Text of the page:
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Book Review: The Collector's Guide to the Minerals of New York State

I recently ordered a copy of the new book by Dr. Steven C. Chamberlain and Dr. George W. Robinson titled "The Collector's Guide to the Minerals of New York State." The book was published this past year, and definitely filled an important void. New York State has a rich mineral history with many classic localities. This book focuses on many of those important New York mines and deposits.


What I liked about the book is its thorough coverage of the localities discussed, including a listing of the most important minerals found there as well as the current status. I also liked the way the book divided the localities by the geology type of the rock (i.e. occurrences in sedimentary rocks, crystalline rocks, and fractures as the main sections). The information is well-researched, with the authors having extensive field experience in localities in the state, combined with a wealth of knowledge on mineralogy and geology.


I would have liked to see more localities represented with a more thorough coverage of the entire state, especially on the lower section of the state. For example, there was not a single section on the minerals of Manhattan. Manhattan is truly a classic locality and extremely important in the state geology due to its extensive mineralization and urban enigma. Further, many additional downstate deposits in Rockland, Westchester, and Orange counties were not at all included or even addressed. There was very little on the historical iron mines in Ramapo Mountains/Hudson Highlands, which was once a major mining district with many iron mines, including famous ones such as the Sterling Mine and the Forest of Dean Mine. Also not discussed at all were the Valhalla Amazonites, the Palisades diabase minerals, Anthony's Nose Calcites, and Kerhonksen Selenites, to name a few. (Perhaps I am also more sensitive to these regions than most New York collectors since I live downstate and collect most in that area.)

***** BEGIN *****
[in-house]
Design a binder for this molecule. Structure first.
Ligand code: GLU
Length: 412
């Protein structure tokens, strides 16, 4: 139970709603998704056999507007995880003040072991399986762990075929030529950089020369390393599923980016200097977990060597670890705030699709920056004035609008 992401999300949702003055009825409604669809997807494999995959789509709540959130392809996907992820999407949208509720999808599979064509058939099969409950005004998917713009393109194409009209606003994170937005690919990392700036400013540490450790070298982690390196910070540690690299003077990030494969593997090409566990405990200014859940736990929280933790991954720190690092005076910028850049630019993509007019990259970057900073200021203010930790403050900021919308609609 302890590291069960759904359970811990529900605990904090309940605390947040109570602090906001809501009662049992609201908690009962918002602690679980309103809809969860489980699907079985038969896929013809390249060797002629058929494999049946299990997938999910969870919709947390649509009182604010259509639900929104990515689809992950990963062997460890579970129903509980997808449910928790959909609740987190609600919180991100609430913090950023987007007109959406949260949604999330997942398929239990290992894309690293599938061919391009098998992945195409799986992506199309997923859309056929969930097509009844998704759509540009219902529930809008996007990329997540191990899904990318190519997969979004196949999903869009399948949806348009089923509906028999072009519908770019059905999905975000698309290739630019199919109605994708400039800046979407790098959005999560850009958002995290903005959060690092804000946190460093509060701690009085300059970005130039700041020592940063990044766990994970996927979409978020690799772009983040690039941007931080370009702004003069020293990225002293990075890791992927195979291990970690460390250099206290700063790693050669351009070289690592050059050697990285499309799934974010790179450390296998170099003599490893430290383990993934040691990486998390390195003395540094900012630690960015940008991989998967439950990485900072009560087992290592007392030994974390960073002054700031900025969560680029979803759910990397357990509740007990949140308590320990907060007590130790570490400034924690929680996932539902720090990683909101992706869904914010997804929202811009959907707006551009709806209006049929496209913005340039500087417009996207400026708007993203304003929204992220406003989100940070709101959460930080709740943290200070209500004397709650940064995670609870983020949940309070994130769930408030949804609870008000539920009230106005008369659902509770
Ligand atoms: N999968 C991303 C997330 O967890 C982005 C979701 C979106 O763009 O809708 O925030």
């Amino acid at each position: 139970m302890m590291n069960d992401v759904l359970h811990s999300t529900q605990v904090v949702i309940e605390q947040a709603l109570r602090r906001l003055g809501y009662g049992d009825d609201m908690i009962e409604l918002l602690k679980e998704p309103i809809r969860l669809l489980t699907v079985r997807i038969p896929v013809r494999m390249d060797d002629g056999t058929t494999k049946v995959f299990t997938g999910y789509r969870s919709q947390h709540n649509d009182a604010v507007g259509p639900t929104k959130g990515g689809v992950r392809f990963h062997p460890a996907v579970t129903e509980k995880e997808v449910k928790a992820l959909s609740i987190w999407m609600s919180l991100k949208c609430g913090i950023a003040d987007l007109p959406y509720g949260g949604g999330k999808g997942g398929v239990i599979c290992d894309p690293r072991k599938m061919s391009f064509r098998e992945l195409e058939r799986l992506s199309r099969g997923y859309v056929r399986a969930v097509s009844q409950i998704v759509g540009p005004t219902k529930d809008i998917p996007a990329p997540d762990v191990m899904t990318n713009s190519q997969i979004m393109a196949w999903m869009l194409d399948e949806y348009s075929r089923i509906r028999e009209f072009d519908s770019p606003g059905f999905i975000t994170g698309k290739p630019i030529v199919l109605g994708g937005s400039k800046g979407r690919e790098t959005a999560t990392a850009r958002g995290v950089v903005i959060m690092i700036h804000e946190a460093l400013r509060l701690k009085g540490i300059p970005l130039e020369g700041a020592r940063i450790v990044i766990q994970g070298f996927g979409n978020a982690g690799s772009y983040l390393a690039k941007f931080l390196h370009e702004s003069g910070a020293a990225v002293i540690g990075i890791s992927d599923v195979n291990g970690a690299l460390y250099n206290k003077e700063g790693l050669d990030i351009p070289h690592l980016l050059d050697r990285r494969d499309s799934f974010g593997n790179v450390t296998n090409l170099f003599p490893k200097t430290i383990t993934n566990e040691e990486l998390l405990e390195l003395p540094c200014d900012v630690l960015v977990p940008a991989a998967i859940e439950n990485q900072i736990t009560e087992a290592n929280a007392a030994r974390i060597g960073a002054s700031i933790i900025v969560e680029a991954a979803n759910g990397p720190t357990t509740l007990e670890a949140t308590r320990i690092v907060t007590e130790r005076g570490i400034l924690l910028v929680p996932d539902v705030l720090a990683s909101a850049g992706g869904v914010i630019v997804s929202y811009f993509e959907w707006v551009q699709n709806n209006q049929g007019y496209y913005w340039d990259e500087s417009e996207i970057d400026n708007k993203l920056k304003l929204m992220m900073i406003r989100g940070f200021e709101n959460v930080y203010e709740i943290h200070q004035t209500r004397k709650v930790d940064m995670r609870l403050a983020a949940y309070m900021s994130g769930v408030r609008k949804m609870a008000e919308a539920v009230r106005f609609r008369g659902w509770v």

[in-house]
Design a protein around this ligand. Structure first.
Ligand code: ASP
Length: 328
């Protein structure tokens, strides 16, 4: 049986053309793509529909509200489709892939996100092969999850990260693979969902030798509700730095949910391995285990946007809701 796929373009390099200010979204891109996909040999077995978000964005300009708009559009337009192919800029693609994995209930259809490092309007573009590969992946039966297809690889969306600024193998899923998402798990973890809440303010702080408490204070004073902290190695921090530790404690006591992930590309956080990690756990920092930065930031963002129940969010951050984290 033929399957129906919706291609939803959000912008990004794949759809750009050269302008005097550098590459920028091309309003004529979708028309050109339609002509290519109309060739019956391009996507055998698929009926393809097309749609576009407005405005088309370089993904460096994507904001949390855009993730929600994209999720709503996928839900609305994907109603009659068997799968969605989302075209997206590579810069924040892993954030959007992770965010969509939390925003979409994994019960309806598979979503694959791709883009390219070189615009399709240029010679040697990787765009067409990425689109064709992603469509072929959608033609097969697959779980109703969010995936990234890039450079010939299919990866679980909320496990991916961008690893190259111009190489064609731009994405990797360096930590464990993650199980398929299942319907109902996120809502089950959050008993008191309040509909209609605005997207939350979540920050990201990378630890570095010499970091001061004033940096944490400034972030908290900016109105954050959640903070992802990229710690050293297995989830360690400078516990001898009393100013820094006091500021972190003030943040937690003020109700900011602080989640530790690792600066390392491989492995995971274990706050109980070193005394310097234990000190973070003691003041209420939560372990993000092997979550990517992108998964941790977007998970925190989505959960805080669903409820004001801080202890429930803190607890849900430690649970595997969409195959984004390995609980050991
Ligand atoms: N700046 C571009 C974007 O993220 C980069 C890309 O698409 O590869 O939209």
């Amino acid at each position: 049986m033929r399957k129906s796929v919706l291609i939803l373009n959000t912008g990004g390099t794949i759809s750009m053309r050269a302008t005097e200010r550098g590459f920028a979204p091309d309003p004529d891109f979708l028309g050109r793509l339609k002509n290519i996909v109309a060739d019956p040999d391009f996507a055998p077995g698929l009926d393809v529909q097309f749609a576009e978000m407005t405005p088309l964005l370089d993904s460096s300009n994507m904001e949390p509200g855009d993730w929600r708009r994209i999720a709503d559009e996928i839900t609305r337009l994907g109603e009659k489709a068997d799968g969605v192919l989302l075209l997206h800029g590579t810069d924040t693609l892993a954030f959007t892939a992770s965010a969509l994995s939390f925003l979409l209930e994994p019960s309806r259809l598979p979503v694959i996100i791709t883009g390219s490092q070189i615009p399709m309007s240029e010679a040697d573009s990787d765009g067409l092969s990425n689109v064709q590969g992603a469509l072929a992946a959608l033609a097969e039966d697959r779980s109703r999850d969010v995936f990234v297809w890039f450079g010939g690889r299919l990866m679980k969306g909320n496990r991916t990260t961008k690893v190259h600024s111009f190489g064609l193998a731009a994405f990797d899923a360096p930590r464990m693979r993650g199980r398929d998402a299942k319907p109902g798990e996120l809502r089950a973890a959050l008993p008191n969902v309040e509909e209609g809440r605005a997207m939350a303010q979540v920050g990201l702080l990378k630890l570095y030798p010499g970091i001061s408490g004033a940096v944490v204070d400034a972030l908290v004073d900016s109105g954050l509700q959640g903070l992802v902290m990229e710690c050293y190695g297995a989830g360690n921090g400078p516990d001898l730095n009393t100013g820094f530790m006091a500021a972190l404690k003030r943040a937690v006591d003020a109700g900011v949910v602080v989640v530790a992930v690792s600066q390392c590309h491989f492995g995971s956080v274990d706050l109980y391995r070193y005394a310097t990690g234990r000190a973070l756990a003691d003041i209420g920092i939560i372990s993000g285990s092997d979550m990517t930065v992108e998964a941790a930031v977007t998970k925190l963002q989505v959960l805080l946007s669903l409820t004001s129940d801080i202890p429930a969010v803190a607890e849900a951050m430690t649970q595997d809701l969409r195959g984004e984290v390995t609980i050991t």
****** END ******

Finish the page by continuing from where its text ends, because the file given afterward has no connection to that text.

The pictures in the book were excellent and well-represented. The specimen selection and photo were well-thought out and professionally done. However, several pictures did have artificial background with hard edges that could have had a better graphic job done to them.


Overall, I am very happy with the book and would highly recommend it. It is easy to read and hard to put down. I learned many additional details on deposits that I was already familiar with from this book. This book is available for purchase online at Amazon at the link below:



Follow Up:
After contacting Steve Chamberlain, one of the authors of this book, he mentioned to me that they were constrained by the publisher by limiting the book to 96 pages. This limited the number of localities they initially had in mind to include, and therefore, they could not properly focus on all localities within the state. However, they have a promise from the publisher to do a full mineralogy of New York State that would include "everything and the kitchen sink." This is quite an ambitious goal that may be too big to complete, but let’s hope they can pull through with this massive feat!

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